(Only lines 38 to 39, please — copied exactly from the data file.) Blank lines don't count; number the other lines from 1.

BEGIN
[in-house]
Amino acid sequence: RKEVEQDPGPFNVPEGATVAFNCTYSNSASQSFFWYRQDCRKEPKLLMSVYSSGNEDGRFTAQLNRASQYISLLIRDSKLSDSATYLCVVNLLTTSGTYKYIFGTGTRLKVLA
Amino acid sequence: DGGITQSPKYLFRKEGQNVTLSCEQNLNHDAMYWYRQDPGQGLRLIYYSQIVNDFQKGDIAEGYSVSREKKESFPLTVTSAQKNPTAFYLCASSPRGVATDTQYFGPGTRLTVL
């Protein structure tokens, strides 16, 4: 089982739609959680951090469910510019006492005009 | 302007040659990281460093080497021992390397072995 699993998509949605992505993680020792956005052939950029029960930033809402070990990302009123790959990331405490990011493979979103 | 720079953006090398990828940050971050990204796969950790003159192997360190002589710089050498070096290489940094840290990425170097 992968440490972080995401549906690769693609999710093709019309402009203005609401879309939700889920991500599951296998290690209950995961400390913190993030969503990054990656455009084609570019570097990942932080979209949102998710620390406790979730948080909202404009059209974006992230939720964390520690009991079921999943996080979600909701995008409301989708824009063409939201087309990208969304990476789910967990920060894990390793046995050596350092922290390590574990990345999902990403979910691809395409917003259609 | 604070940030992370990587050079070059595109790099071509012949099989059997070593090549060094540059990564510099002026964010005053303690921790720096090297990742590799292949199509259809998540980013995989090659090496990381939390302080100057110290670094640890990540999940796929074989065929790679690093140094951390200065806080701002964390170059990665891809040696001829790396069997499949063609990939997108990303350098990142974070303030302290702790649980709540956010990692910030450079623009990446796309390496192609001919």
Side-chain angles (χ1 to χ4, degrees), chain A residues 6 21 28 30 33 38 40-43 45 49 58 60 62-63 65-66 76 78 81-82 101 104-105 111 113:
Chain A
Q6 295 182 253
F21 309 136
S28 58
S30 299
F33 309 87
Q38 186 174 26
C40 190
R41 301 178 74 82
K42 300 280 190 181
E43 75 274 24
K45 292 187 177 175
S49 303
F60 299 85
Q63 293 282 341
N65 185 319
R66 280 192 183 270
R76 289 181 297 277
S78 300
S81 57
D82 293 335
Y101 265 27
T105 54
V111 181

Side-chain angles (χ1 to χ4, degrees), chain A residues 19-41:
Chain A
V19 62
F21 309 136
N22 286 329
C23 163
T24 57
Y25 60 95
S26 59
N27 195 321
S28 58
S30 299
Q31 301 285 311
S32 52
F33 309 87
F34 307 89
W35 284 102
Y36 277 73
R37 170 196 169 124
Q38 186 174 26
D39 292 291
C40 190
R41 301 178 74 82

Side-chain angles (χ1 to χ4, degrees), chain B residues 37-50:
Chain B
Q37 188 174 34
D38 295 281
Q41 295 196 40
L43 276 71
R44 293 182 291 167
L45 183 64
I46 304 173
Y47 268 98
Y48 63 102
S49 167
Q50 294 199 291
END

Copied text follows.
S26 59
N27 195 321